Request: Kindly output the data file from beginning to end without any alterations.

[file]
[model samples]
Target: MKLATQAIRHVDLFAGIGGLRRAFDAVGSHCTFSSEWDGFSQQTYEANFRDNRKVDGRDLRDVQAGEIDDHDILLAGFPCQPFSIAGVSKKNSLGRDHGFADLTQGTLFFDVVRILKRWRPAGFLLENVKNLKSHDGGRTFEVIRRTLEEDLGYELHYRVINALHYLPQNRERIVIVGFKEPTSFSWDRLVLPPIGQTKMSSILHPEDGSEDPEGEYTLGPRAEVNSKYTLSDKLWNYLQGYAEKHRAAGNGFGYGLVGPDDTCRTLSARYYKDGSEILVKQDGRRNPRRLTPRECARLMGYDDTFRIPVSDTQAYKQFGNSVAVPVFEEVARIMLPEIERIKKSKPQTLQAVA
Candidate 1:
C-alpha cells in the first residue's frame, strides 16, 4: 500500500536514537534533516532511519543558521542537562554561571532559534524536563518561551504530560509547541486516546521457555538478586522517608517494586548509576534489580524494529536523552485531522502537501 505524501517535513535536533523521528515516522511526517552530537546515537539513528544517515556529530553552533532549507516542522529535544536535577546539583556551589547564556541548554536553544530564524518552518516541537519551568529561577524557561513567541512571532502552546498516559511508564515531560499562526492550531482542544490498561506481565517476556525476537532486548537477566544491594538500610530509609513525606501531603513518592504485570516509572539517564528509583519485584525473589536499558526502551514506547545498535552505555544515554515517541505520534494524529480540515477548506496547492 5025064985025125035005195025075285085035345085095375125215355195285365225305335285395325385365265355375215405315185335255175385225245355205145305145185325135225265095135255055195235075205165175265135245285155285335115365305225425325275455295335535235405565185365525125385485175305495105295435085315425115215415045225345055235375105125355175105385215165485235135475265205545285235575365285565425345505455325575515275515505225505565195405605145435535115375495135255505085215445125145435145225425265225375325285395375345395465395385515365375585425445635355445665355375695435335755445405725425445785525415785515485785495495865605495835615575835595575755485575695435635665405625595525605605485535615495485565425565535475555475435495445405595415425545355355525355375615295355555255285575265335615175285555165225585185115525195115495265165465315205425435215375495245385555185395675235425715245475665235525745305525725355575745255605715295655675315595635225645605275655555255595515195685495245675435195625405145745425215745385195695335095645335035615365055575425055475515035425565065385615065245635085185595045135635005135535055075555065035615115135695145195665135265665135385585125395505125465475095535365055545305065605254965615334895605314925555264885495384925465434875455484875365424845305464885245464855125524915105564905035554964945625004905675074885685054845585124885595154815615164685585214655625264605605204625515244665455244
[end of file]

[model samples]
Target: MKLATQAIRHVDLFAGIGGLRRAFDAVGSHCTFSSEWDGFSQQTYEANFRDNRKVDGRDLRDVQAGEIDDHDILLAGFPCQPFSIAGVSKKNSLGRDHGFADLTQGTLFFDVVRILKRWRPAGFLLENVKNLKSHDGGRTFEVIRRTLEEDLGYELHYRVINALHYLPQNRERIVIVGFKEPTSFSWDRLVLPPIGQTKMSSILHPEDGSEDPEGEYTLGPRAEVNSKYTLSDKLWNYLQGYAEKHRAAGNGFGYGLVGPDDTCRTLSARYYKDGSEILVKQDGRRNPRRLTPRECARLMGYDDTFRIPVSDTQAYKQFGNSVAVPVFEEVARIMLPEIERIKKSKPQTLQAVA
Candidate 1:
C-alpha cells in the first residue's frame, strides 16, 4: 500500500536514537534533516532511519543558521542537562554561571532559534524536563518561551504530560509547541486516546521457555538478586522517608517494586548509576534489580524494529536523552485531522502537501 505524501517535513535536533523521528515516522511526517552530537546515537539513528544517515556529530553552533532549507516542522529535544536535577546539583556551589547564556541548554536553544530564524518552518516541537519551568529561577524557561513567541512571532502552546498516559511508564515531560499562526492550531482542544490498561506481565517476556525476537532486548537477566544491594538500610530509609513525606501531603513518592504485570516509572539517564528509583519485584525473589536499558526502551514506547545498535552505555544515554515517541505520534494524529480540515477548506496547492 5025064985025125035005195025075285085035345085095375125215355195285365225305335285395325385365265355375215405315185335255175385225245355205145305145185325135225265095135255055195235075205165175265135245285155285335115365305225425325275455295335535235405565185365525125385485175305495105295435085315425115215415045225345055235375105125355175105385215165485235135475265205545285235575365285565425345505455325575515275515505225505565195405605145435535115375495135255505085215445125145435145225425265225375325285395375345395465395385515365375585425445635355445665355375695435335755445405725425445785525415785515485785495495865605495835615575835595575755485575695435635665405625595525605605485535615495485565425565535475555475435495445405595415425545355355525355375615295355555255285575265335615175285555165225585185115525195115495265165465315205425435215375495245385555185395675235425715245475665235525745305525725355575745255605715295655675315595635225645605275655555255595515195685495245675435195625405145745425215745385195695335095645335035615365055575425055475515035425565065385615065245635085185595045135635005135535055075555065035615115135695145195665135265665135385585125395505125465475095535365055545305065605254965615334895605314925555264885495384925465434875455484875365424845305464885245464855125524915105564905035554964945625004905675074885685054845585124885595154815615164685585214655625264605605204625515244665455244